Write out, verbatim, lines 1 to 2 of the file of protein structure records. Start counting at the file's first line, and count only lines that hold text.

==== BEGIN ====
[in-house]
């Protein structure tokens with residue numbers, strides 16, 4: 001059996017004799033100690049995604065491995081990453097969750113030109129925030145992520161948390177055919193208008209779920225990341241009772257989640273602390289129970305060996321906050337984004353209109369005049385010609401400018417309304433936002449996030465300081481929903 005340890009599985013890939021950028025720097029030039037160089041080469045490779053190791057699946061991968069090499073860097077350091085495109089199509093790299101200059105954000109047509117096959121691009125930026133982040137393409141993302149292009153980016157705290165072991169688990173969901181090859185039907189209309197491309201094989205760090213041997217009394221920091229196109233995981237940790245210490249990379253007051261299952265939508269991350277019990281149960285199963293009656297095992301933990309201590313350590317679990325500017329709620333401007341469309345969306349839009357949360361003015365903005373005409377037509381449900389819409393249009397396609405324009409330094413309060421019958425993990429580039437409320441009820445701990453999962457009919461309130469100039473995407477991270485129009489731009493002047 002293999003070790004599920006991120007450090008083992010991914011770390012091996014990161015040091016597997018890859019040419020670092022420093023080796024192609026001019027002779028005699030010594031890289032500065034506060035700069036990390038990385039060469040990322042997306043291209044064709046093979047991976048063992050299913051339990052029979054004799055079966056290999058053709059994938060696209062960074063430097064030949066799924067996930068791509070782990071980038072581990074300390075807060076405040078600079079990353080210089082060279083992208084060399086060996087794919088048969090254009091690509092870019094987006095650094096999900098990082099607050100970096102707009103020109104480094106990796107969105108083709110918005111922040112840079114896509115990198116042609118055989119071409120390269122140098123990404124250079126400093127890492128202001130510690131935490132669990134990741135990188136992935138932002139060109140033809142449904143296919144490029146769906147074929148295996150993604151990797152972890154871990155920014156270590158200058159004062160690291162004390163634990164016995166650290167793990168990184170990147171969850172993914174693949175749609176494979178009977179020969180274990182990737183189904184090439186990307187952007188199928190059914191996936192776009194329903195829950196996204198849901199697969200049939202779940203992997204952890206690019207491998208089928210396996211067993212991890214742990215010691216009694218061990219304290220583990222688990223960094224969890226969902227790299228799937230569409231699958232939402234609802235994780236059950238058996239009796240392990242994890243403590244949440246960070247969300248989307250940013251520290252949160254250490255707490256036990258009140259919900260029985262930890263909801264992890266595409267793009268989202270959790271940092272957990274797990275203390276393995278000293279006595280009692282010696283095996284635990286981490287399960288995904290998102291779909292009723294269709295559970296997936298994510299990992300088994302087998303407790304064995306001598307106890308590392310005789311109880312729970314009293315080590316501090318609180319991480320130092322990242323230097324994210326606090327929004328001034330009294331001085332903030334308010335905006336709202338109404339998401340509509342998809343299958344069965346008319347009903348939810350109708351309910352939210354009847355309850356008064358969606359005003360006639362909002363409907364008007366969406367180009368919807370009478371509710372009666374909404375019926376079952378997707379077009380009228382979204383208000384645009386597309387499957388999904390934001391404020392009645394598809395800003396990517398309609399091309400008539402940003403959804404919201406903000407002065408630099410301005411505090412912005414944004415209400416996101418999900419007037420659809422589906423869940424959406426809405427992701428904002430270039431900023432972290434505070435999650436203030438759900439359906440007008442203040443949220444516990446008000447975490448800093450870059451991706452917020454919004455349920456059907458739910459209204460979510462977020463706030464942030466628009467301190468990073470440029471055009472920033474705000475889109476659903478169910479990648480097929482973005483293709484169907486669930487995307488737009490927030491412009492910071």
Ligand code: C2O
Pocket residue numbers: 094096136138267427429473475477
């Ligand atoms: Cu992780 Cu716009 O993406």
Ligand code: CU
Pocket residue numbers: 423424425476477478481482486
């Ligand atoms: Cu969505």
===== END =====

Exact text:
[in-house]
């Protein structure tokens with residue numbers, strides 16, 4: 001059996017004799033100690049995604065491995081990453097969750113030109129925030145992520161948390177055919193208008209779920225990341241009772257989640273602390289129970305060996321906050337984004353209109369005049385010609401400018417309304433936002449996030465300081481929903 005340890009599985013890939021950028025720097029030039037160089041080469045490779053190791057699946061991968069090499073860097077350091085495109089199509093790299101200059105954000109047509117096959121691009125930026133982040137393409141993302149292009153980016157705290165072991169688990173969901181090859185039907189209309197491309201094989205760090213041997217009394221920091229196109233995981237940790245210490249990379253007051261299952265939508269991350277019990281149960285199963293009656297095992301933990309201590313350590317679990325500017329709620333401007341469309345969306349839009357949360361003015365903005373005409377037509381449900389819409393249009397396609405324009409330094413309060421019958425993990429580039437409320441009820445701990453999962457009919461309130469100039473995407477991270485129009489731009493002047 002293999003070790004599920006991120007450090008083992010991914011770390012091996014990161015040091016597997018890859019040419020670092022420093023080796024192609026001019027002779028005699030010594031890289032500065034506060035700069036990390038990385039060469040990322042997306043291209044064709046093979047991976048063992050299913051339990052029979054004799055079966056290999058053709059994938060696209062960074063430097064030949066799924067996930068791509070782990071980038072581990074300390075807060076405040078600079079990353080210089082060279083992208084060399086060996087794919088048969090254009091690509092870019094987006095650094096999900098990082099607050100970096102707009103020109104480094106990796107969105108083709110918005111922040112840079114896509115990198116042609118055989119071409120390269122140098123990404124250079126400093127890492128202001130510690131935490132669990134990741135990188136992935138932002139060109140033809142449904143296919144490029146769906147074929148295996150993604151990797152972890154871990155920014156270590158200058159004062160690291162004390163634990164016995166650290167793990168990184170990147171969850172993914174693949175749609176494979178009977179020969180274990182990737183189904184090439186990307187952007188199928190059914191996936192776009194329903195829950196996204198849901199697969200049939202779940203992997204952890206690019207491998208089928210396996211067993212991890214742990215010691216009694218061990219304290220583990222688990223960094224969890226969902227790299228799937230569409231699958232939402234609802235994780236059950238058996239009796240392990242994890243403590244949440246960070247969300248989307250940013251520290252949160254250490255707490256036990258009140259919900260029985262930890263909801264992890266595409267793009268989202270959790271940092272957990274797990275203390276393995278000293279006595280009692282010696283095996284635990286981490287399960288995904290998102291779909292009723294269709295559970296997936298994510299990992300088994302087998303407790304064995306001598307106890308590392310005789311109880312729970314009293315080590316501090318609180319991480320130092322990242323230097324994210326606090327929004328001034330009294331001085332903030334308010335905006336709202338109404339998401340509509342998809343299958344069965346008319347009903348939810350109708351309910352939210354009847355309850356008064358969606359005003360006639362909002363409907364008007366969406367180009368919807370009478371509710372009666374909404375019926376079952378997707379077009380009228382979204383208000384645009386597309387499957388999904390934001391404020392009645394598809395800003396990517398309609399091309400008539402940003403959804404919201406903000407002065408630099410301005411505090412912005414944004415209400416996101418999900419007037420659809422589906423869940424959406426809405427992701428904002430270039431900023432972290434505070435999650436203030438759900439359906440007008442203040443949220444516990446008000447975490448800093450870059451991706452917020454919004455349920456059907458739910459209204460979510462977020463706030464942030466628009467301190468990073470440029471055009472920033474705000475889109476659903478169910479990648480097929482973005483293709484169907486669930487995307488737009490927030491412009492910071």